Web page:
JuliaCon 2023

Accelerating Model Predictive Control with Machine Learning
07-28, 12:00–12:10 (US/Eastern), 32-D463 (Star)

We present a tool for user-friendly generation of machine learning surrogates that allows for fast and optimizer-free Model Predictive Control. Using a variety of practically-relevant examples, we demonstrate its utility to the workflow of a control engineer in the context of Julia simulation tools (such as ModelingToolkit.jl).

Model Predictive Control (MPC) provides a powerful framework to control a dynamical system and is particularly useful for nonlinear systems that may have constraints on states as well as a general objective function. The concept is to use a prediction model of the future response of the system and then determine the optimal control inputs that optimize the future evolved trajectory. Thus, an (expensive) online optimizer is called at each time step with the requirement that a solution is available before the next time step. The first of these control inputs is then passed onto the plant model (or actual system). An observer (such as a Kalman filter or variants) is used to provide an estimate of the system state which is fed back to the predictive controller for the next time step. The need for an online optimizer commonly results in a limitation of the sample rate of the system or the length of the prediction horizon which may make MPC intractable for nonlinear systems with fast dynamics. Furthermore, it necessitates verification of the optimizer especially for safety-critical applications.

This work presents an alternative approach for optimizer-free control that both results in a substantial speedup over online optimization and removes the need for optimizer verification. The method followed is to simulate the MPC controller for several sampled reference conditions as well as initial states and train a neural network-based surrogate to learn the control law from the simulated data. We discuss the philosophy followed and highlight the benefits and drawbacks of constructing a surrogate for the optimizer versus for both the optimizer and the observer. We apply and benchmark the tool developed to several practically-relevant problems arising from various industries such as aerospace and chemical engineering. We also demonstrate the ability of the surrogate controller to reject disturbances and deal with set-point changes. With these examples, we show 100-150x speed-ups with low training errors compared to online optimization.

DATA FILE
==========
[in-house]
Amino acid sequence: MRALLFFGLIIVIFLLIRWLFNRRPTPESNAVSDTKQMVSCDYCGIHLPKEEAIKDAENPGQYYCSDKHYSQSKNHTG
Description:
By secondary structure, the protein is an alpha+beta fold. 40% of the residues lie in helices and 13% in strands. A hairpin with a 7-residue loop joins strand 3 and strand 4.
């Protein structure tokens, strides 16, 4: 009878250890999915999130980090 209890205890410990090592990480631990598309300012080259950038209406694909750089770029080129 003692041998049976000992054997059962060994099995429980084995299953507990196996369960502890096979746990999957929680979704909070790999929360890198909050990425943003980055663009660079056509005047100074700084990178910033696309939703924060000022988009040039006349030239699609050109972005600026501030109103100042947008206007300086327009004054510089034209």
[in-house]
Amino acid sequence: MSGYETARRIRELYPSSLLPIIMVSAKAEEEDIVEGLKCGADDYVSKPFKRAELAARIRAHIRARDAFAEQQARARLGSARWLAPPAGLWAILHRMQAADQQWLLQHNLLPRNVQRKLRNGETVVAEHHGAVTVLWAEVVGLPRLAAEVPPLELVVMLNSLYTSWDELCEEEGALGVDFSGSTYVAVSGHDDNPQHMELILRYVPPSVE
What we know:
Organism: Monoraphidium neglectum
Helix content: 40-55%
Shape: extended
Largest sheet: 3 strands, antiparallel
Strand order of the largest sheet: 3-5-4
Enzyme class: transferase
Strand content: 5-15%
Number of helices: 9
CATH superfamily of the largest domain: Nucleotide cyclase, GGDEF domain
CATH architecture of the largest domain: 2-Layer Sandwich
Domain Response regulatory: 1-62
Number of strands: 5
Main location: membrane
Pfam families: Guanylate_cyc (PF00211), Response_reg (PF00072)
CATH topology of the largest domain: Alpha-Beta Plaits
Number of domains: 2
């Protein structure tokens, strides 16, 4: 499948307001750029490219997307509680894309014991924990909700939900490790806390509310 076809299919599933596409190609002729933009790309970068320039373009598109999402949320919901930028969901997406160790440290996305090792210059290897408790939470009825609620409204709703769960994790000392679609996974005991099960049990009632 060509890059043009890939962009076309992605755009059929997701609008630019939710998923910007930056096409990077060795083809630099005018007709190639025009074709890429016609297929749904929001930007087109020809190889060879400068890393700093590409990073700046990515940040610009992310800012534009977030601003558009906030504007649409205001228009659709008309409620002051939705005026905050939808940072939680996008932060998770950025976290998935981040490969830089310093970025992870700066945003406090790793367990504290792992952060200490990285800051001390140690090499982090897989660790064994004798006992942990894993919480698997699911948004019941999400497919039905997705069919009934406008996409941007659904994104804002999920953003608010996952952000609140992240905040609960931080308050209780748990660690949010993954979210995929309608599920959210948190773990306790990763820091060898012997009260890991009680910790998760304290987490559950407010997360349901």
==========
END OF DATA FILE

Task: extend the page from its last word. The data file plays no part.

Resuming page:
Lastly, we present the use of the toolkit in a typical workflow of a control engineer starting from the development of a dynamic system model (e.g., using ModelingToolkit.jl) to the development of the MPC model and finally to surrogatization and analysis in order to highlight its use as an enabling technology especially for control of fast nonlinear systems.